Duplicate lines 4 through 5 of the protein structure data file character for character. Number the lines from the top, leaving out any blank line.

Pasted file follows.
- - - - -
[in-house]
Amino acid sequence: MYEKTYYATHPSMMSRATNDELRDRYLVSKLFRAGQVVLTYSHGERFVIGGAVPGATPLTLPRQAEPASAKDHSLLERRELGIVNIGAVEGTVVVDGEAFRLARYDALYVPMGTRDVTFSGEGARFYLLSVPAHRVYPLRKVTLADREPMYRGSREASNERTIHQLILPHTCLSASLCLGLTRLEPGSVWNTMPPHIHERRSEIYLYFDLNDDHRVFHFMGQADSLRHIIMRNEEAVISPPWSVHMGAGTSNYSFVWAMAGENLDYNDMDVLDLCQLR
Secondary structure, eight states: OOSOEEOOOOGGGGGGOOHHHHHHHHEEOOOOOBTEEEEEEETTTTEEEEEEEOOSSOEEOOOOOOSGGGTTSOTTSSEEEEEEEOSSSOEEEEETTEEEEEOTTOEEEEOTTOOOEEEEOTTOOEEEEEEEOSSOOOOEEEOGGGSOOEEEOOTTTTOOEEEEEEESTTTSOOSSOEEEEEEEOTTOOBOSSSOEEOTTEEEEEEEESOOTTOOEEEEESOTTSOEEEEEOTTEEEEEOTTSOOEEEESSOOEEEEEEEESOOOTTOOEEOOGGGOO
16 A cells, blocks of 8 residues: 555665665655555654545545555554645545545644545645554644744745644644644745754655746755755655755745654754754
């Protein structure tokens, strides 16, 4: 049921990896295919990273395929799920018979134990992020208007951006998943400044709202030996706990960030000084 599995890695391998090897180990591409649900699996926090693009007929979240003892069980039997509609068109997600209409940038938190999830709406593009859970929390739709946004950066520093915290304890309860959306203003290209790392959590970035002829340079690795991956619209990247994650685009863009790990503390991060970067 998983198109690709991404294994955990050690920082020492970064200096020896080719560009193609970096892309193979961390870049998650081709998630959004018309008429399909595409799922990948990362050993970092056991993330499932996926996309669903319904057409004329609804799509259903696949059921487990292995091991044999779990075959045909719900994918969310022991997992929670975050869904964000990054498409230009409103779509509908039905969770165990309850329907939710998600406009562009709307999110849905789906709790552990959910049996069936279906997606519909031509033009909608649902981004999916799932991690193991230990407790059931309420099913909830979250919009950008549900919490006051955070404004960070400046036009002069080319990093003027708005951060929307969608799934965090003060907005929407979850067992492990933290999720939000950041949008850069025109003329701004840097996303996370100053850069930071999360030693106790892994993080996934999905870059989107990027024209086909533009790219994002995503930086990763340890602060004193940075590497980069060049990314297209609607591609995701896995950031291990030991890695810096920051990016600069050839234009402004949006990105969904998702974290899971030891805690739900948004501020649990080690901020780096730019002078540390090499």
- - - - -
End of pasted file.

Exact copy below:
16 A cells, blocks of 8 residues: 555665665655555654545545555554645545545644545645554644744745644644644745754655746755755655755745654754754
């Protein structure tokens, strides 16, 4: 049921990896295919990273395929799920018979134990992020208007951006998943400044709202030996706990960030000084 599995890695391998090897180990591409649900699996926090693009007929979240003892069980039997509609068109997600209409940038938190999830709406593009859970929390739709946004950066520093915290304890309860959306203003290209790392959590970035002829340079690795991956619209990247994650685009863009790990503390991060970067 998983198109690709991404294994955990050690920082020492970064200096020896080719560009193609970096892309193979961390870049998650081709998630959004018309008429399909595409799922990948990362050993970092056991993330499932996926996309669903319904057409004329609804799509259903696949059921487990292995091991044999779990075959045909719900994918969310022991997992929670975050869904964000990054498409230009409103779509509908039905969770165990309850329907939710998600406009562009709307999110849905789906709790552990959910049996069936279906997606519909031509033009909608649902981004999916799932991690193991230990407790059931309420099913909830979250919009950008549900919490006051955070404004960070400046036009002069080319990093003027708005951060929307969608799934965090003060907005929407979850067992492990933290999720939000950041949008850069025109003329701004840097996303996370100053850069930071999360030693106790892994993080996934999905870059989107990027024209086909533009790219994002995503930086990763340890602060004193940075590497980069060049990314297209609607591609995701896995950031291990030991890695810096920051990016600069050839234009402004949006990105969904998702974290899971030891805690739900948004501020649990080690901020780096730019002078540390090499």